• CT Severity Index requires imaging, which is not always indicated

Overall, the American College of Gastroenterology recommends incorporating several clinical and laboratory parameters into an overall assessment of severity without relying on any particular scoring framework.


Fluid Resuscitation

Best results have been seen with aggressive fluid resuscitation in the first 12-24 hours. Lactated Ringers has been shown to be associated with lower incidence of SIRS at 24 hours than normal saline, with a theorized mechanism involving the development of metabolic acidosis with NS which potentiates activation of trypsinogen to trypsin (one of the active pancreatic enzymes causing autodigestion and inflammation).



Several studies support early enteral nutrition in severe pancreatitis, as compared with bowel rest and/or total parenteral nutrition. One theory suggests that bowel rest causes mucosal atrophy, which then may increase bowel translocation and risk of infection.


Prophylactic Antibiotics

Meta-analyses now suggest that there is no benefit to prophylactic antibiotics in this patient population. Antibiotics are only indicated if there is clinical concern for superinfection (which may be difficult to clinically differentiate from severe pancreatitis!). Antibiotics with good pancreatic penetration include carbapenems, high dose cephalosporins, metronidazole, and fluorquinolones.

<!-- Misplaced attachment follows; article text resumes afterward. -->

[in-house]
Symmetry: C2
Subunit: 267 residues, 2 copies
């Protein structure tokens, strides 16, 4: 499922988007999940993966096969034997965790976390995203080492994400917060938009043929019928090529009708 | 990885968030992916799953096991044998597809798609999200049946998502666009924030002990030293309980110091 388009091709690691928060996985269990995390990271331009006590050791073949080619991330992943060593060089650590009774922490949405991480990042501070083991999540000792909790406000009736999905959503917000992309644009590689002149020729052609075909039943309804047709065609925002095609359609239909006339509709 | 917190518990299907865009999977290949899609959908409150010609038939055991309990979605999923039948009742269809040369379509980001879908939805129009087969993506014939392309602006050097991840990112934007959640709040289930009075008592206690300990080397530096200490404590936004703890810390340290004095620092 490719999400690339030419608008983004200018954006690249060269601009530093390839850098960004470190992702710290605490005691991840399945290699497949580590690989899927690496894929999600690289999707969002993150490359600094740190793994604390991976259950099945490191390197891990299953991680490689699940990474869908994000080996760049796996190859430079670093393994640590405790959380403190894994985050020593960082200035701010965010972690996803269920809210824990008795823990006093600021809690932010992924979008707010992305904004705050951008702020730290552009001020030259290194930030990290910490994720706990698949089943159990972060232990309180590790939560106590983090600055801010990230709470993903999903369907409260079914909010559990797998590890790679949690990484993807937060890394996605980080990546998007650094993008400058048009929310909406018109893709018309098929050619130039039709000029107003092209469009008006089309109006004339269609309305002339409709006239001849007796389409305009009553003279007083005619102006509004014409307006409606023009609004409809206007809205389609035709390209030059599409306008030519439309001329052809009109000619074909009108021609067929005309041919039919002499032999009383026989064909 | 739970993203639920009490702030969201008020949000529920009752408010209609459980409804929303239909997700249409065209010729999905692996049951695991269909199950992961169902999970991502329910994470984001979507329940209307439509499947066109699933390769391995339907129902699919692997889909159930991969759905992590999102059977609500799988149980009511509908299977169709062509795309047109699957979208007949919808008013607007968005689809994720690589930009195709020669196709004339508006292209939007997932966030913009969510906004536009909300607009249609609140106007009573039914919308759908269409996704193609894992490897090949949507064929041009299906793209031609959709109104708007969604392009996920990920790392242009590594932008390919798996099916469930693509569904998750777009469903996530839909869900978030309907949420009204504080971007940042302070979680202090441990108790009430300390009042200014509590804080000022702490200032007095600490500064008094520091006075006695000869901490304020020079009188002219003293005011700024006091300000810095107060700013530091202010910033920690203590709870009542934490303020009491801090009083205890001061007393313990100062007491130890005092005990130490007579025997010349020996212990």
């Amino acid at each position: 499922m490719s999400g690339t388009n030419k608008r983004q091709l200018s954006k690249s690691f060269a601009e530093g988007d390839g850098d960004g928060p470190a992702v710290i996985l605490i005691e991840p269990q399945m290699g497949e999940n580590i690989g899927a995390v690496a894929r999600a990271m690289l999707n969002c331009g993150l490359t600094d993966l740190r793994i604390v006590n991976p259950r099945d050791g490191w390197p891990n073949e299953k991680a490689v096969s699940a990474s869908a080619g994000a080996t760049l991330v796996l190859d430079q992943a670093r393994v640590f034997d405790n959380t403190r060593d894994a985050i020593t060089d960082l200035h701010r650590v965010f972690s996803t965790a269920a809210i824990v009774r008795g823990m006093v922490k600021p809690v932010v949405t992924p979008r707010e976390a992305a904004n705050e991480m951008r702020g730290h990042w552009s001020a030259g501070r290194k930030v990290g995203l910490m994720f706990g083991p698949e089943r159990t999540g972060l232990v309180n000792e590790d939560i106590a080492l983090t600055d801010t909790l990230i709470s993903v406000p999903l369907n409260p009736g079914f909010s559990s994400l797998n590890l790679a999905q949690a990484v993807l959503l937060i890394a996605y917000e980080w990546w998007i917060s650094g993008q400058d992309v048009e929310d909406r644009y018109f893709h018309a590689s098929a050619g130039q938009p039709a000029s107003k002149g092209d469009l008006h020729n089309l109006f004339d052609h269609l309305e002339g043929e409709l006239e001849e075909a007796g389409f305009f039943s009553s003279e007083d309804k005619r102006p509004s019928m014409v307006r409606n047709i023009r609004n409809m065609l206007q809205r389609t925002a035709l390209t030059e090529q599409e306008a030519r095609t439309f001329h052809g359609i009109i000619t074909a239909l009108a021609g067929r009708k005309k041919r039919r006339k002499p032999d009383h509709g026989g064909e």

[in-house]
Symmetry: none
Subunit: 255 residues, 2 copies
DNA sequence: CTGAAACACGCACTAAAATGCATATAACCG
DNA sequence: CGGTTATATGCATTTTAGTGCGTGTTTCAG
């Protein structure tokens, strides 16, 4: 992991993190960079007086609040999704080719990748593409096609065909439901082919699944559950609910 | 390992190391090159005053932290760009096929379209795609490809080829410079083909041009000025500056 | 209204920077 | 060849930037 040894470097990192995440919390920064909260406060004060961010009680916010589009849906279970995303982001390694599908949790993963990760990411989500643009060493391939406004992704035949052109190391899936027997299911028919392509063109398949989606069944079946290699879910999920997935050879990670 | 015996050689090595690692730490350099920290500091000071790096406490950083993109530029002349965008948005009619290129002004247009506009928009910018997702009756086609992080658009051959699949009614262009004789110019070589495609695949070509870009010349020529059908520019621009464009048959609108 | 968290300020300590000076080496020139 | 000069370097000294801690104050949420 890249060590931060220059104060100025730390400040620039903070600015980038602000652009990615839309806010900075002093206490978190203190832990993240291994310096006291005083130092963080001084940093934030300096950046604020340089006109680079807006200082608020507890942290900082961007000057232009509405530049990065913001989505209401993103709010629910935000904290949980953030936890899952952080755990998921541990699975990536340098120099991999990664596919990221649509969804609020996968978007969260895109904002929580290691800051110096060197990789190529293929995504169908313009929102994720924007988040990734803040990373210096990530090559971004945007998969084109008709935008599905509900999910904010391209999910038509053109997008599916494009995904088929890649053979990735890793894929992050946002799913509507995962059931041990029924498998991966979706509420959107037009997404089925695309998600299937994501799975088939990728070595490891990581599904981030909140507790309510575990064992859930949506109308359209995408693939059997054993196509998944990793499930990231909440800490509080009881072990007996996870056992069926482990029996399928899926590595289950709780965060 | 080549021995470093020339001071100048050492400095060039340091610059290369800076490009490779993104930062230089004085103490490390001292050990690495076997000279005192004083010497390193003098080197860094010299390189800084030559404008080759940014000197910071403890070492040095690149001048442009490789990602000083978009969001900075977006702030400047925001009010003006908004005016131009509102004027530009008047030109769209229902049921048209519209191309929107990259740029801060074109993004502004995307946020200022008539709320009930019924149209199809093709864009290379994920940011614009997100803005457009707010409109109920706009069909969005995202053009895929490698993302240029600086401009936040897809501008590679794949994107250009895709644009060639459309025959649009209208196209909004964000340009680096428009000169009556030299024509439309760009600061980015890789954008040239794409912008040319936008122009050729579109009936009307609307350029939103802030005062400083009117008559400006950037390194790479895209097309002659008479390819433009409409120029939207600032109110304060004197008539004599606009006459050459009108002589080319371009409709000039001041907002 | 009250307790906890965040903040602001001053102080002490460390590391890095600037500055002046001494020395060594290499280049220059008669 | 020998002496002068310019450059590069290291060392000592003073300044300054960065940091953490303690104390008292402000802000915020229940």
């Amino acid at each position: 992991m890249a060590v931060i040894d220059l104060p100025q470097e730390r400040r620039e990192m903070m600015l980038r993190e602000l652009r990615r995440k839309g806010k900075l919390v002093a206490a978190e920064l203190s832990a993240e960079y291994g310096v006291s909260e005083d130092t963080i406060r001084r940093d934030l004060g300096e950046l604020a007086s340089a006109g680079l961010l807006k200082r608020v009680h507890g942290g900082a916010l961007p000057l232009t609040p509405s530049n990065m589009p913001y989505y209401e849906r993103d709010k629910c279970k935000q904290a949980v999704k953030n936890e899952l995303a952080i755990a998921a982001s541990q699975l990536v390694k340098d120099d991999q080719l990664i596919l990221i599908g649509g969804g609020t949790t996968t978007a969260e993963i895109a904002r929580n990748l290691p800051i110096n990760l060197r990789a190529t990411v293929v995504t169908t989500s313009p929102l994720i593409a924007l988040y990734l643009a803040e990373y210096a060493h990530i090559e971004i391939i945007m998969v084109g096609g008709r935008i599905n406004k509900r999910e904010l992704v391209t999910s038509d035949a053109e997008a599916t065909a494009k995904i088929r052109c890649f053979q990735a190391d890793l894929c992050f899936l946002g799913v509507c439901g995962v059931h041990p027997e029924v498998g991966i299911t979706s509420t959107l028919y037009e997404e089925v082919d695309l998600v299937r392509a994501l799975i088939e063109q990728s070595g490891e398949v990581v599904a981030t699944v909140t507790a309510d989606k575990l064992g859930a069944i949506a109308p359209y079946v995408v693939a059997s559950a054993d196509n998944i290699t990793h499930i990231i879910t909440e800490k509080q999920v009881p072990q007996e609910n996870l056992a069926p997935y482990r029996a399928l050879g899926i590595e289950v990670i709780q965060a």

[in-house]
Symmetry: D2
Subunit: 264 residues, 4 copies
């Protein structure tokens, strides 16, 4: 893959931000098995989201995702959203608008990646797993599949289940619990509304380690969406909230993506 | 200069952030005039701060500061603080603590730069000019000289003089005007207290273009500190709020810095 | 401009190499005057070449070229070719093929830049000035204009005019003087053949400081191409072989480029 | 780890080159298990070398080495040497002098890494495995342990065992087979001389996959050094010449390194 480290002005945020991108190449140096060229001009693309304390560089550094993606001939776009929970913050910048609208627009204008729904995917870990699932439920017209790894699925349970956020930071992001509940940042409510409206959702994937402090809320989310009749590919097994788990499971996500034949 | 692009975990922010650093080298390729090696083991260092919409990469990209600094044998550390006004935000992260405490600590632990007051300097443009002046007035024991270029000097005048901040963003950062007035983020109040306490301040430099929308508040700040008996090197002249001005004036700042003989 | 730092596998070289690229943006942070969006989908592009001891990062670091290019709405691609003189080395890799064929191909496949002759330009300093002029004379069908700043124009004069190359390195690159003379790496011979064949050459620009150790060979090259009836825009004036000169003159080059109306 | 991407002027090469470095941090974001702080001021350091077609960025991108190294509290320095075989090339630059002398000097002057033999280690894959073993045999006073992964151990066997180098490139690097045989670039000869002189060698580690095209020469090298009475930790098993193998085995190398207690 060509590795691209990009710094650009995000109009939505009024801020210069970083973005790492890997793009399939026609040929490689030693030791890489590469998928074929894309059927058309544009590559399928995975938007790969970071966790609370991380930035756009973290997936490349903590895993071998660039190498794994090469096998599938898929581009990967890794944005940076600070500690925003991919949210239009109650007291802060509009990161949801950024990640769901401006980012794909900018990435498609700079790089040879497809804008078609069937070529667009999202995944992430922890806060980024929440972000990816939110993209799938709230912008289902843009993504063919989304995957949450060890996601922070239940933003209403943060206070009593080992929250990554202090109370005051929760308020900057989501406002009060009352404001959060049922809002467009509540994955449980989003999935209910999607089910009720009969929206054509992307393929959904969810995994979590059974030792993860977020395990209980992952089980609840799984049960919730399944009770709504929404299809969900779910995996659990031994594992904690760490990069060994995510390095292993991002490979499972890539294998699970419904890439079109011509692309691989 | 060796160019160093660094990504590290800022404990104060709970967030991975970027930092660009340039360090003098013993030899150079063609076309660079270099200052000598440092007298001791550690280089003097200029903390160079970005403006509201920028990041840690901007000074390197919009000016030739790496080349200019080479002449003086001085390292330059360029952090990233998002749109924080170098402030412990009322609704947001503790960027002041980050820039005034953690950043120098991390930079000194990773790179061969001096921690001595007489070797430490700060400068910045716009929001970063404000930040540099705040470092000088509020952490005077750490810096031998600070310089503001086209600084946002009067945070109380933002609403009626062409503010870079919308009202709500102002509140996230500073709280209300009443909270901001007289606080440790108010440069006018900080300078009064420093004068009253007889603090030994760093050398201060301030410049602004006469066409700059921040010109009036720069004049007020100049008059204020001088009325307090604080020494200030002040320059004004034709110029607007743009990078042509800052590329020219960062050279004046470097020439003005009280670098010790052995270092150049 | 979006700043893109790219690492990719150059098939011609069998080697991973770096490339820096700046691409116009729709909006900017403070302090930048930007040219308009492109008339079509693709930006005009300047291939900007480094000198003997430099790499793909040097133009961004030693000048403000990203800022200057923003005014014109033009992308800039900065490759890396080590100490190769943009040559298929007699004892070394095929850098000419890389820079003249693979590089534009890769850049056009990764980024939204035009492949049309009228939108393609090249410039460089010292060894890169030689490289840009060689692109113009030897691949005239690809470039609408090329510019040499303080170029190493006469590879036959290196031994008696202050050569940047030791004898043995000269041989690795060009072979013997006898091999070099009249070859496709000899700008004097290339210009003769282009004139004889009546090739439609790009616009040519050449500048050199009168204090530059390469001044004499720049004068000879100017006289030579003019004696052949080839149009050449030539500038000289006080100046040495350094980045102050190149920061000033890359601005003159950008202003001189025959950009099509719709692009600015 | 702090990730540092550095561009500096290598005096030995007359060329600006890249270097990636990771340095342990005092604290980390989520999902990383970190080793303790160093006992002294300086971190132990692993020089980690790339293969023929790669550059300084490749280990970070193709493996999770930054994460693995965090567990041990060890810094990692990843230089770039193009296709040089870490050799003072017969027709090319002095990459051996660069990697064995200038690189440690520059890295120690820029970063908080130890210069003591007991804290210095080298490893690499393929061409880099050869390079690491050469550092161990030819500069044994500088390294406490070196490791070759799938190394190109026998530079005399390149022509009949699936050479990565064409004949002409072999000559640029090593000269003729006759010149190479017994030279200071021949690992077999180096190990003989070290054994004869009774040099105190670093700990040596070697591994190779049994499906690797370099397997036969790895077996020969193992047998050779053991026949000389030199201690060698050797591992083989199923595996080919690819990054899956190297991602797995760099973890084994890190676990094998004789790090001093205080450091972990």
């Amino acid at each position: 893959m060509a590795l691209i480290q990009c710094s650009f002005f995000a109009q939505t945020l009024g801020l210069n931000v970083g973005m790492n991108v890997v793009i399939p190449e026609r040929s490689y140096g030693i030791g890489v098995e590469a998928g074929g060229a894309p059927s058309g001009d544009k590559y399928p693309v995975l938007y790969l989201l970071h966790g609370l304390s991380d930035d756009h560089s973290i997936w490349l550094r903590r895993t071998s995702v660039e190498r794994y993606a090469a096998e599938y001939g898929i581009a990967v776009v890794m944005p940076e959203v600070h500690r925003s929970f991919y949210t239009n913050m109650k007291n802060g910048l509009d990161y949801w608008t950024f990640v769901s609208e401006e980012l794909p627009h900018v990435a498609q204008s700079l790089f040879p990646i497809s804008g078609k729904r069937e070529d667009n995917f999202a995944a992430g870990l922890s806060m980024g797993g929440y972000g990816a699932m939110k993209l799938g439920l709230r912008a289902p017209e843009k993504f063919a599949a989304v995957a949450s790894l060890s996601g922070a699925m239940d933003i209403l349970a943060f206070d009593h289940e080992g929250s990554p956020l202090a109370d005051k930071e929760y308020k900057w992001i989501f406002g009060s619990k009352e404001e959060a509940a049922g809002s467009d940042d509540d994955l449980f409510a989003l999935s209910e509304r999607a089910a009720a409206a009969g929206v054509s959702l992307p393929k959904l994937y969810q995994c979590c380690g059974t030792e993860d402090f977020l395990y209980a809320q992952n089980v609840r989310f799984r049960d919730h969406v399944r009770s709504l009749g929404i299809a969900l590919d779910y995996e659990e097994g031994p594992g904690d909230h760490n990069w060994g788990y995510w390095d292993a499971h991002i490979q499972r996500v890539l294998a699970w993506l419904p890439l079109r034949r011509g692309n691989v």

Banks PA, Bollen TL, Dervenis C, et al. Classification of acute pancreatitis–2012: revision of the Atlanta classification and definitions by international consensus. Gut 2013; 62:102.

Tenner S, Baillie J, DeWitt J, et al. American College of Gastroenterology guideline: management of acute pancreatitis. Am J Gastroenterol 2013; 108:1400.

Wu BU, Johannes RS, Sun X, et al. The early prediction of mortality in acute pancreatitis: a large population-based study. Gut 2008; 57:1698.

Wu BU, Hwang JQ, Gardner TH, et al. Lactated Ringer’s solution reduces systemic inflammation compared with saline in patients with acute pancreatitis. Clin Gastroenterol Hepatol 2011; 9:710.

Li J-Y, Yu T, Chen G-C, et al. Enteral Nutrition within 48 Hours of Admission Improves Clinical Outcomes of Acute Pancreatitis by Reducing Complications: A Meta-Analysis. Rakonczay Z, ed. PLoS ONE. 2013;8(6):e64926. doi:10.1371/journal.pone.0064926.

9/20 PPMC report: extra-intestinal manifestations of celiac disease

We discussed a young woman who presented with psychotic episodes and multiple micronutrient deficiencies, and was ultimately diagnosed with celiac disease.

Celiac disease is a systemic immune-mediated disease triggered by exposure to gluten (found in wheat, rye, barley) in genetically susceptible patients, who can then have a broad range of systemic manifestations and variable damage to the small intestinal mucosa.


  • It affects many races and ethnic groups (not just Caucasians)
  • There can be a variety of very subtle clinical manifestations
    • Chronic diarrhea, weight loss, abdominal distention (40-50%), recurrent abdominal pain